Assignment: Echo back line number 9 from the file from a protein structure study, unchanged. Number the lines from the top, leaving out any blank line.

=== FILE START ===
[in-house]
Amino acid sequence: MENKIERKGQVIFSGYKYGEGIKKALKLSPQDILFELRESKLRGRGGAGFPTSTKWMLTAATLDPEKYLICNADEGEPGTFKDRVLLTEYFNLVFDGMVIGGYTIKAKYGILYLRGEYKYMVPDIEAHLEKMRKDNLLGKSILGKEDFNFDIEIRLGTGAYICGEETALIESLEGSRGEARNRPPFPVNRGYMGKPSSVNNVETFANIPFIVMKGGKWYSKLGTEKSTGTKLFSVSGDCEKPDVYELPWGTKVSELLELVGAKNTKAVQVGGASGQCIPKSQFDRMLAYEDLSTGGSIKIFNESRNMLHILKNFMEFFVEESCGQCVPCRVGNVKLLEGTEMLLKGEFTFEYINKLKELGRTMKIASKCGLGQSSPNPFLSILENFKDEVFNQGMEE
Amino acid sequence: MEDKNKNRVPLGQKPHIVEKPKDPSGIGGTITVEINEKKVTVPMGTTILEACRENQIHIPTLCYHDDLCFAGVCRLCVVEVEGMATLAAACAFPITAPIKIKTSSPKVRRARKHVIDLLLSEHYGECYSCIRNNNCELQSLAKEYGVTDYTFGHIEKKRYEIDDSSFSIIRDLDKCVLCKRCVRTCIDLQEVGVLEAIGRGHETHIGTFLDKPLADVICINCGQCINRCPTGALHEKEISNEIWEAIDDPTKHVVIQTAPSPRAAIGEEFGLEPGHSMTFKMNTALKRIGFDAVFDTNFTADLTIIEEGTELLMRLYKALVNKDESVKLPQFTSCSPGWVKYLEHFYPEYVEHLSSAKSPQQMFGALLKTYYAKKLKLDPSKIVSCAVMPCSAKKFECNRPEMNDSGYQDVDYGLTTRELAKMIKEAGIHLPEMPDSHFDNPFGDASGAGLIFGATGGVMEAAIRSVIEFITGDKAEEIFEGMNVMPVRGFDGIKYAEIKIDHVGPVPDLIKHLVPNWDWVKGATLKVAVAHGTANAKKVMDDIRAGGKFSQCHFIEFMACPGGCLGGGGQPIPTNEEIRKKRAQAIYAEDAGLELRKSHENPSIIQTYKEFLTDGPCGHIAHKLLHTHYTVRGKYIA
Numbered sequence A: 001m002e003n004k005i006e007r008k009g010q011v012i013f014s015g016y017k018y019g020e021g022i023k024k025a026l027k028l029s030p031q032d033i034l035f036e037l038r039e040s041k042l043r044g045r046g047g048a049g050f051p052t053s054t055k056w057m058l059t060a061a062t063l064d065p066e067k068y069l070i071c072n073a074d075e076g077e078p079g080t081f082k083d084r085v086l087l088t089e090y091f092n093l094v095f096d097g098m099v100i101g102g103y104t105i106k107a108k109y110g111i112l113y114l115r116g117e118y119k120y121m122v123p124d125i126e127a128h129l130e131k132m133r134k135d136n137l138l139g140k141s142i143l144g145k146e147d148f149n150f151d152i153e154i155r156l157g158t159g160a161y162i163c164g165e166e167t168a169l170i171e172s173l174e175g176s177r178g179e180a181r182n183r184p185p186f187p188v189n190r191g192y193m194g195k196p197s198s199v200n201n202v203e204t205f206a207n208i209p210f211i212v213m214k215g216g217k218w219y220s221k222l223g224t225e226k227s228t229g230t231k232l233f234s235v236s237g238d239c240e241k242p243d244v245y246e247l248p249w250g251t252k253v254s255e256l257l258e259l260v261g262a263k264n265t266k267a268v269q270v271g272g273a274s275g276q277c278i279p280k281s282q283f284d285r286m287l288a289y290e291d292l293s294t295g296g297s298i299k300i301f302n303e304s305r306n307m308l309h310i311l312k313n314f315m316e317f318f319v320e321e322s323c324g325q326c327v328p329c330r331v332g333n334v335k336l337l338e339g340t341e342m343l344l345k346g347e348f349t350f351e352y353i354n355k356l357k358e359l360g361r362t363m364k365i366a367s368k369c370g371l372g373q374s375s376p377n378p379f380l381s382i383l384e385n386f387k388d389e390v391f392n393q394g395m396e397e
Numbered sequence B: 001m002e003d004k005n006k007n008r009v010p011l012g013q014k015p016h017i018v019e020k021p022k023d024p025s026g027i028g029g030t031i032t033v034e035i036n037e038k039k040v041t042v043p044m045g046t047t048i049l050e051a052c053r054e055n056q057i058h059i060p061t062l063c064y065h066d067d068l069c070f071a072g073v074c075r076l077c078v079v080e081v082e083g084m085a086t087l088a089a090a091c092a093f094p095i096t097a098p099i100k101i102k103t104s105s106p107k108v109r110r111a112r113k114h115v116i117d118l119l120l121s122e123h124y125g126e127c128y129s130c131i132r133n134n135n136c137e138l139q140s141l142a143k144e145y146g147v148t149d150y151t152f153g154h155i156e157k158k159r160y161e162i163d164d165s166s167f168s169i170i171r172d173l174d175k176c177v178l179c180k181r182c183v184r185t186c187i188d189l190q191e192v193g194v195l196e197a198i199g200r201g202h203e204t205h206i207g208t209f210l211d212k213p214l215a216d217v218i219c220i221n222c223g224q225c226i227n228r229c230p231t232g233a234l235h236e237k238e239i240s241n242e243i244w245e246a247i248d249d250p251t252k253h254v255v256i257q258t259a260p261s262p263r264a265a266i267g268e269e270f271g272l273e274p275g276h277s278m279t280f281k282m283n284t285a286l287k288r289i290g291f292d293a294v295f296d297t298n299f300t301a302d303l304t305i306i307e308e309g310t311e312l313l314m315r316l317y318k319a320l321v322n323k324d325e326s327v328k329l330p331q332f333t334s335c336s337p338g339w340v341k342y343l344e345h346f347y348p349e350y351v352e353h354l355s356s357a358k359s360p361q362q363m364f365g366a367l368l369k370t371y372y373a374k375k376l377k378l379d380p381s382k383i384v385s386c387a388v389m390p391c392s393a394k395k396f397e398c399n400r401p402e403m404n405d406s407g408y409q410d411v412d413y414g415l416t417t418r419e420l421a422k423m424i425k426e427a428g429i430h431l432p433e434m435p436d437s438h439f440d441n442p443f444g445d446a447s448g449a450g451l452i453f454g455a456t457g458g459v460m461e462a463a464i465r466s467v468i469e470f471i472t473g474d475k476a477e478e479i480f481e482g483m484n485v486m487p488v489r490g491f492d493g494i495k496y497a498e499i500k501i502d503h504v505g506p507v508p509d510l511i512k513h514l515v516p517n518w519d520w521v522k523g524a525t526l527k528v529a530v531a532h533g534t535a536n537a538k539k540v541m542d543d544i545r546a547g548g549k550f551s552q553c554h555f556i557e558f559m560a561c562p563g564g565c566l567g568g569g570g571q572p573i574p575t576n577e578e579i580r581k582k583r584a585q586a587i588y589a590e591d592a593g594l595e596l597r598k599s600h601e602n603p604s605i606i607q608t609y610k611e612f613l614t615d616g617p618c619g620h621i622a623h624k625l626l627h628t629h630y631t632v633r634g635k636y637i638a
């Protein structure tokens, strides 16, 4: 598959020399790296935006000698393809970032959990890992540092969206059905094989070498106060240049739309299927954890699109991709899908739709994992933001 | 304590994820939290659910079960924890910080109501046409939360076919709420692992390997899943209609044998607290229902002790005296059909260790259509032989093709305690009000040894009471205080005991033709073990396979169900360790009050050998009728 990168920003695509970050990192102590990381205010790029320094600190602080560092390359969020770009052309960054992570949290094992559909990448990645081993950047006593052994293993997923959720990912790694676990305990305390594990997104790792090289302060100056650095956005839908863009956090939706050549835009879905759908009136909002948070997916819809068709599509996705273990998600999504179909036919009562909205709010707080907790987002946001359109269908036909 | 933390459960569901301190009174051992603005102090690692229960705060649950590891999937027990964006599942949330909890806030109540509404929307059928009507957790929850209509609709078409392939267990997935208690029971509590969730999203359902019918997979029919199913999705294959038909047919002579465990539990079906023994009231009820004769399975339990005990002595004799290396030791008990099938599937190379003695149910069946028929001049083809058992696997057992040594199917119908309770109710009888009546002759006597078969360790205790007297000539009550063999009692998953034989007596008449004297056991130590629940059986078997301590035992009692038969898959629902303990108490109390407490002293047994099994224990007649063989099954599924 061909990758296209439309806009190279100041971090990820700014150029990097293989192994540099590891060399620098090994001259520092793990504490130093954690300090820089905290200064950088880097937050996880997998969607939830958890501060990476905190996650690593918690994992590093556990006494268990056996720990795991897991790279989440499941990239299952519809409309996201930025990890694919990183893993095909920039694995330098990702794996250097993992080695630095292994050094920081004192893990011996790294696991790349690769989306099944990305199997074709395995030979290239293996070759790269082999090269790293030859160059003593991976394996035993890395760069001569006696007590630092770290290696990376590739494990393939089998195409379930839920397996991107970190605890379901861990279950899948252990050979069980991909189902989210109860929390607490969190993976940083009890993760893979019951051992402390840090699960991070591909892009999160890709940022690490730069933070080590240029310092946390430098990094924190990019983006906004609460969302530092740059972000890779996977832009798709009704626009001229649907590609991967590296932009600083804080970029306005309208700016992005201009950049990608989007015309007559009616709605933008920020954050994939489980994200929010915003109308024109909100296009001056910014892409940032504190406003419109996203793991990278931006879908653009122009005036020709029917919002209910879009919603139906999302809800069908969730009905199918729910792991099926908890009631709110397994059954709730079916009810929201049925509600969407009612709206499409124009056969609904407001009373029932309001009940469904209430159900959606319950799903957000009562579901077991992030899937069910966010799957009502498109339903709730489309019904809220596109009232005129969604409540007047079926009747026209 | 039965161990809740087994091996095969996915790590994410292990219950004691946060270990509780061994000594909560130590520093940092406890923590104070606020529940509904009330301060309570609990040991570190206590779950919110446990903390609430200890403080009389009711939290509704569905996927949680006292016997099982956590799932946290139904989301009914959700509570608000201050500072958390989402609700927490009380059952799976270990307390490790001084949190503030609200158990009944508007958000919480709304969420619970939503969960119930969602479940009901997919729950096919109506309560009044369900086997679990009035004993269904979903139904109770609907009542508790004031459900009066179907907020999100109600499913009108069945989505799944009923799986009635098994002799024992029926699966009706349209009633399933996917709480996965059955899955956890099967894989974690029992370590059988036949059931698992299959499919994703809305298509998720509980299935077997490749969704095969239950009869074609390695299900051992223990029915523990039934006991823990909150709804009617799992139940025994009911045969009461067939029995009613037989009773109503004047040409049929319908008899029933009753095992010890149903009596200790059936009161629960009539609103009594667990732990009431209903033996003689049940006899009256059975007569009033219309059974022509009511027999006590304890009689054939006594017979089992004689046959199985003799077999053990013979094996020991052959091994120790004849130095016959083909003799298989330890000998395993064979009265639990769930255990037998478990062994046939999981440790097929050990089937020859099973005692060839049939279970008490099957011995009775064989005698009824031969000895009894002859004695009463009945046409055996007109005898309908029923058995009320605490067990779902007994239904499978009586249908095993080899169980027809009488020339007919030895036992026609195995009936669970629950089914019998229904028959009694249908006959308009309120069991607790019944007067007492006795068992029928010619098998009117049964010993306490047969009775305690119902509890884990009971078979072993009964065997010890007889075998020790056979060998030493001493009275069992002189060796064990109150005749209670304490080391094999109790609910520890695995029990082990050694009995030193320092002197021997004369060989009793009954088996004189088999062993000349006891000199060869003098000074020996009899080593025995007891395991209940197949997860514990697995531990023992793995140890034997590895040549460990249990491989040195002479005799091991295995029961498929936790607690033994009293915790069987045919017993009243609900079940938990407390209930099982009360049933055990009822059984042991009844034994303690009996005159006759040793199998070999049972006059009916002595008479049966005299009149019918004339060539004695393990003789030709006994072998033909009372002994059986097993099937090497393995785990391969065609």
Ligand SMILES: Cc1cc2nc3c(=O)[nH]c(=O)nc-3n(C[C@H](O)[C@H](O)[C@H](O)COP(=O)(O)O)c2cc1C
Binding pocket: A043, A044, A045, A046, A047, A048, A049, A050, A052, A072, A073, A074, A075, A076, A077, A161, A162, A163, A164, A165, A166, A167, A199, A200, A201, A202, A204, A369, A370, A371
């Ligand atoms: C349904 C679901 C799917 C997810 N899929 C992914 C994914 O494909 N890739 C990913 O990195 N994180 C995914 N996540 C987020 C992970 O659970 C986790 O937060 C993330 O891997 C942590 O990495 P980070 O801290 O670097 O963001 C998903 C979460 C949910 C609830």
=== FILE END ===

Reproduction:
């Ligand atoms: C349904 C679901 C799917 C997810 N899929 C992914 C994914 O494909 N890739 C990913 O990195 N994180 C995914 N996540 C987020 C992970 O659970 C986790 O937060 C993330 O891997 C942590 O990495 P980070 O801290 O670097 O963001 C998903 C979460 C949910 C609830």